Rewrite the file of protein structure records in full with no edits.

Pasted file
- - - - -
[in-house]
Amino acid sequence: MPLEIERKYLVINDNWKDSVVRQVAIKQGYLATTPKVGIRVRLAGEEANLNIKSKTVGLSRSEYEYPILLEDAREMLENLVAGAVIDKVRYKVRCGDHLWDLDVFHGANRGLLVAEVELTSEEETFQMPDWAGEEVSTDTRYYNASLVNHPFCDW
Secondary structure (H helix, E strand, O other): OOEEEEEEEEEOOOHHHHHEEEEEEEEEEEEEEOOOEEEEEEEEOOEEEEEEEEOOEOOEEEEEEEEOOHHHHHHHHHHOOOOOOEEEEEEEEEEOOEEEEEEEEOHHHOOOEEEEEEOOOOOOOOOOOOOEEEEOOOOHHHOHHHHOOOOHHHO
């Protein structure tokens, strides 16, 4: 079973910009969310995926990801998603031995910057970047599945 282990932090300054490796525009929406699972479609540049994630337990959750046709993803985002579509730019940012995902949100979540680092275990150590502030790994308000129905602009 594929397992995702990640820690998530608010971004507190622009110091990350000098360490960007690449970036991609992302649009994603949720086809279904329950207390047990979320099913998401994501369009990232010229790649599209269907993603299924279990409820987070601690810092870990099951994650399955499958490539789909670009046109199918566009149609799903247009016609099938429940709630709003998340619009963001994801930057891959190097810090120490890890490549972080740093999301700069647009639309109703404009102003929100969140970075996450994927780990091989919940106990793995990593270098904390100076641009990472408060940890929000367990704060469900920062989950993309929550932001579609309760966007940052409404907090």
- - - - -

[in-house]
Amino acid sequence: MPLEIERKYLVINDNWKDSVVRQVAIKQGYLATTPKVGIRVRLAGEEANLNIKSKTVGLSRSEYEYPILLEDAREMLENLVAGAVIDKVRYKVRCGDHLWDLDVFHGANRGLLVAEVELTSEEETFQMPDWAGEEVSTDTRYYNASLVNHPFCDW
Secondary structure (H helix, E strand, O other): OOEEEEEEEEEOOOHHHHHEEEEEEEEEEEEEEOOOEEEEEEEEOOEEEEEEEEOOEOOEEEEEEEEOOHHHHHHHHHHOOOOOOEEEEEEEEEEOOEEEEEEEEOHHHOOOEEEEEEOOOOOOOOOOOOOEEEEOOOOHHHOHHHHOOOOHHHO
């Protein structure tokens, strides 16, 4: 079973910009969310995926990801998603031995910057970047599945 282990932090300054490796525009929406699972479609540049994630337990959750046709993803985002579509730019940012995902949100979540680092275990150590502030790994308000129905602009 594929397992995702990640820690998530608010971004507190622009110091990350000098360490960007690449970036991609992302649009994603949720086809279904329950207390047990979320099913998401994501369009990232010229790649599209269907993603299924279990409820987070601690810092870990099951994650399955499958490539789909670009046109199918566009149609799903247009016609099938429940709630709003998340619009963001994801930057891959190097810090120490890890490549972080740093999301700069647009639309109703404009102003929100969140970075996450994927780990091989919940106990793995990593270098904390100076641009990472408060940890929000367990704060469900920062989950993309929550932001579609309760966007940052409404907090």